Like dozens of other couples who got married this summer in the isolated Gaza Strip, for Saed and Falasteen Abu Aser, their wedding was an elaborately planned celebration, complete with a procession through the streets of their neighborhood.
In a time with little to be joyous about in Gaza, weddings have emerged as welcome festivities that offer a break from the often morose mood in the strip. The coastal territory has faced three wars with Israel over the last decade and a stifling blockade imposed by both Israel and Egypt after the Islamic militant Hamas group violently overran the territory in 2007.
But for the happy couple and their families, a wedding is both a respite from daily hardships and a focal point in the lives of both the well-off and the poor.
"My joy is great among my family and my friends and my neighbors and I thank them because they helped and supported me," said the 22-year-old groom Saed Abu Aser.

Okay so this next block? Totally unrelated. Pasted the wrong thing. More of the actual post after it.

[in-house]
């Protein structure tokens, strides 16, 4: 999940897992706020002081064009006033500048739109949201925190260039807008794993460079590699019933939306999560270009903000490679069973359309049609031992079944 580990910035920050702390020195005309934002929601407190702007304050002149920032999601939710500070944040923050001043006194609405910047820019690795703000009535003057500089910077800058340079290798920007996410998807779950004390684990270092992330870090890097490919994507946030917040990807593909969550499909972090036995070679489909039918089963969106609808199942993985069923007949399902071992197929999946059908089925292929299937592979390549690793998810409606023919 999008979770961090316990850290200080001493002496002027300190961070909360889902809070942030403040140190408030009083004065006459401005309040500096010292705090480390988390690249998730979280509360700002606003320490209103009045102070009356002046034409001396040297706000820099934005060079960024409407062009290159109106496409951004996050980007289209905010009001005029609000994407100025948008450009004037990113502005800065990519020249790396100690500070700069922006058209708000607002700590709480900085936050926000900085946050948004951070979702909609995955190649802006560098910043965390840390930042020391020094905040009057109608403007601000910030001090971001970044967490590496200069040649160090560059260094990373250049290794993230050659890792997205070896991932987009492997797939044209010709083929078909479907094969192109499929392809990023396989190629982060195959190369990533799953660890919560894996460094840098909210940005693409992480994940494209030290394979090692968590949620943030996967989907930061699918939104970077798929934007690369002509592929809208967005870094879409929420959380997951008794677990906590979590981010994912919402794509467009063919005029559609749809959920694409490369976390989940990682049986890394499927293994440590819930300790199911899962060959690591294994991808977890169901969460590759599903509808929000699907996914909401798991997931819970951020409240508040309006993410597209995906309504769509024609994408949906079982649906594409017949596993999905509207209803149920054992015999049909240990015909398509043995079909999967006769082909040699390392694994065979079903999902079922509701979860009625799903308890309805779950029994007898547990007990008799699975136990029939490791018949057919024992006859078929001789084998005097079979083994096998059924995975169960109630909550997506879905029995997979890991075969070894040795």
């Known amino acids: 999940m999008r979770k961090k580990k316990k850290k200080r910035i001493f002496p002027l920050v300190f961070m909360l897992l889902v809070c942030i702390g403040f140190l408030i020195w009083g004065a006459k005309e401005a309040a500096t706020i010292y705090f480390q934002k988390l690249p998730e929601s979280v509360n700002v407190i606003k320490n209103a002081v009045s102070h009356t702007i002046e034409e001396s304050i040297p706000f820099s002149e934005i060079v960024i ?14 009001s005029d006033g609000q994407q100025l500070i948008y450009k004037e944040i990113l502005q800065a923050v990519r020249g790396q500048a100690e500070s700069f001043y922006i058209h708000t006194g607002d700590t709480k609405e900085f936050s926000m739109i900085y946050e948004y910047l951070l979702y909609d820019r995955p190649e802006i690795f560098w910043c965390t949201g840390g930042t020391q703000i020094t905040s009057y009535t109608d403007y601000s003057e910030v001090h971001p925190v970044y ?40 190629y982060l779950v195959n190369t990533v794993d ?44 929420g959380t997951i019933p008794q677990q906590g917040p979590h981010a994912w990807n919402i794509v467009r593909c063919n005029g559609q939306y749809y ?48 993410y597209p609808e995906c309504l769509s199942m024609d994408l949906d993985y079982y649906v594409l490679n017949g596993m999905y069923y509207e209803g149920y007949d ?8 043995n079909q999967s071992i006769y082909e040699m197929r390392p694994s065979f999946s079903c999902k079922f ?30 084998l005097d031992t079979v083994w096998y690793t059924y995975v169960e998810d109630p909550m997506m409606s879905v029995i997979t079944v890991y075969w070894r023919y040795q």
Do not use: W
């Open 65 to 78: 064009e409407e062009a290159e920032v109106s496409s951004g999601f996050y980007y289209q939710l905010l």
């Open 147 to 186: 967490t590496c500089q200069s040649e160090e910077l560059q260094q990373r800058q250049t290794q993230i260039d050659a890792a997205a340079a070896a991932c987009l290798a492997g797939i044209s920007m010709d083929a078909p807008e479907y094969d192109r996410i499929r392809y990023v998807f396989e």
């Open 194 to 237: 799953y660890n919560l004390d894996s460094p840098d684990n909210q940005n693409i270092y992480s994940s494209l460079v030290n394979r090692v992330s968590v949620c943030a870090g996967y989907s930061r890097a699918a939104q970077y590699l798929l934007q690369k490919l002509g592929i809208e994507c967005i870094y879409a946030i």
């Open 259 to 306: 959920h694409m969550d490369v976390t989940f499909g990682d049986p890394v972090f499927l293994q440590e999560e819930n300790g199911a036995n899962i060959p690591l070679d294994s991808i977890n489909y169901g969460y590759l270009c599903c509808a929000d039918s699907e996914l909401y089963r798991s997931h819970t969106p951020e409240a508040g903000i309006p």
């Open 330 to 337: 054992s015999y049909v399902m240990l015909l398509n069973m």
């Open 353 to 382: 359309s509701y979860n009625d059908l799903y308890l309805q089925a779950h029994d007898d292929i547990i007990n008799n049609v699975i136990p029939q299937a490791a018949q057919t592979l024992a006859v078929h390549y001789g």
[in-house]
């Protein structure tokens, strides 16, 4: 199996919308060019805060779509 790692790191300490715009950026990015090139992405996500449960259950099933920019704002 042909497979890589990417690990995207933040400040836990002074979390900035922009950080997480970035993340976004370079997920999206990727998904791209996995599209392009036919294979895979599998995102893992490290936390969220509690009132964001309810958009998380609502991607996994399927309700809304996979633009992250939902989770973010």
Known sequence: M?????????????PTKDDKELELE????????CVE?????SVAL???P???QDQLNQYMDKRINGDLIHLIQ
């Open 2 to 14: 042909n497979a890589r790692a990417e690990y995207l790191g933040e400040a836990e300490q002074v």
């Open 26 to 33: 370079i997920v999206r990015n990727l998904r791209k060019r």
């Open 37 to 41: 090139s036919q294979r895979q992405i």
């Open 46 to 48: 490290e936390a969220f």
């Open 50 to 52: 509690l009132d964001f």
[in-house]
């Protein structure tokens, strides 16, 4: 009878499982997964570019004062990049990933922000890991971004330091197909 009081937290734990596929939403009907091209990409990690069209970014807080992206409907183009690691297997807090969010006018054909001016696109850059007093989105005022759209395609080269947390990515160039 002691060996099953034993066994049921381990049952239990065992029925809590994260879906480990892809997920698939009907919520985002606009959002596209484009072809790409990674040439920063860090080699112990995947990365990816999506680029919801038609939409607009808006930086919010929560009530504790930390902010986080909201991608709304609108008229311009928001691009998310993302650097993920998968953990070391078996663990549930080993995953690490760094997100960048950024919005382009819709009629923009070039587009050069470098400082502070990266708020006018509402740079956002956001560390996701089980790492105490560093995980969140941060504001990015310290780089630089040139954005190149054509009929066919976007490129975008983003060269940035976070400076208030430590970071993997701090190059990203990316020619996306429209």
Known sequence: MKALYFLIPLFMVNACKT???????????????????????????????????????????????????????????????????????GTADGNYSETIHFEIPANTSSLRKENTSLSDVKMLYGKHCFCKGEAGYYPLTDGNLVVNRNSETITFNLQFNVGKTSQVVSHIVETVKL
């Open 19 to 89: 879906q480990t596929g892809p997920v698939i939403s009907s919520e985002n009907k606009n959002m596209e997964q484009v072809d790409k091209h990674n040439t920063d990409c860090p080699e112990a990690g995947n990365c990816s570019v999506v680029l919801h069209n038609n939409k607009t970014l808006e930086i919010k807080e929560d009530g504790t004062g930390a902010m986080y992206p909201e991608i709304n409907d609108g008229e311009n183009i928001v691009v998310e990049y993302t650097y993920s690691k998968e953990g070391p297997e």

His bride, Falasteen, is 17. The Abu Asers are first cousins who come from a poor family. It is not uncommon for cousins to marry in Palestinian society.
Their festivities began days before the wedding ceremony, with a boisterous stag party in which the groom's friends set the dance floor on fire to the tune of a local band while glitter twinkled from their sweaty faces.
On the day of the wedding, the families gathered for a cheerful lunch before the bride and groom got all spruced up for the big night — he in a black suit and she in a white gown and matching cape, her face daubed in white powder.
They held a lavish wedding party at a hall, where they were driven to in a convoy of decorated, honking cars.
All those expenses can add up, but Abu Aser's family took out a loan to pay for what has become an increasingly important milestone for people in Gaza. Other impoverished Gazans ask for donations to pay for their rites of marriage.
Associated Press photographer Khalil Hamra joined the celebrations, and here is a series of his photographs.
See these photos on APImages.com
Text from the AP news story, AP PHOTOS: Weddings cut through gloomy mood in Gaza Strip, by Khalil Hamra.
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